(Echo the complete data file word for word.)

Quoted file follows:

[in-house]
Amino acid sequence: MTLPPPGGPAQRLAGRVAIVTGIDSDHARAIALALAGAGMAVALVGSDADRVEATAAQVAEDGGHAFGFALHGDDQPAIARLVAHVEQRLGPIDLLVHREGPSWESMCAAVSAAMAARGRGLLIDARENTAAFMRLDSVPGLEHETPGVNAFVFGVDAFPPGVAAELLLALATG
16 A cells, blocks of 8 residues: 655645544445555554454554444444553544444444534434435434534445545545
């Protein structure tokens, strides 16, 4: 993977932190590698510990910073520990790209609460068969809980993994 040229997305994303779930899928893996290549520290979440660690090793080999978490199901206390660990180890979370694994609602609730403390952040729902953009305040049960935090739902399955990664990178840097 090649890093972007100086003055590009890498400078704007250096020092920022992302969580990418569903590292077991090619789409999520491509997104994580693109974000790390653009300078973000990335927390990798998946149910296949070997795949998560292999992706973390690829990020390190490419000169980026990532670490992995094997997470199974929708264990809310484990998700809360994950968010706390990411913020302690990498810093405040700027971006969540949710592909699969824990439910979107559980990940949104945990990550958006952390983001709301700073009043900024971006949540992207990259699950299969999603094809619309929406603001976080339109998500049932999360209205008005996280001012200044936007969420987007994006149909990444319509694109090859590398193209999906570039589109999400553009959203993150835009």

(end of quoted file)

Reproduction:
[in-house]
Amino acid sequence: MTLPPPGGPAQRLAGRVAIVTGIDSDHARAIALALAGAGMAVALVGSDADRVEATAAQVAEDGGHAFGFALHGDDQPAIARLVAHVEQRLGPIDLLVHREGPSWESMCAAVSAAMAARGRGLLIDARENTAAFMRLDSVPGLEHETPGVNAFVFGVDAFPPGVAAELLLALATG
16 A cells, blocks of 8 residues: 655645544445555554454554444444553544444444534434435434534445545545
């Protein structure tokens, strides 16, 4: 993977932190590698510990910073520990790209609460068969809980993994 040229997305994303779930899928893996290549520290979440660690090793080999978490199901206390660990180890979370694994609602609730403390952040729902953009305040049960935090739902399955990664990178840097 090649890093972007100086003055590009890498400078704007250096020092920022992302969580990418569903590292077991090619789409999520491509997104994580693109974000790390653009300078973000990335927390990798998946149910296949070997795949998560292999992706973390690829990020390190490419000169980026990532670490992995094997997470199974929708264990809310484990998700809360994950968010706390990411913020302690990498810093405040700027971006969540949710592909699969824990439910979107559980990940949104945990990550958006952390983001709301700073009043900024971006949540992207990259699950299969999603094809619309929406603001976080339109998500049932999360209205008005996280001012200044936007969420987007994006149909990444319509694109090859590398193209999906570039589109999400553009959203993150835009």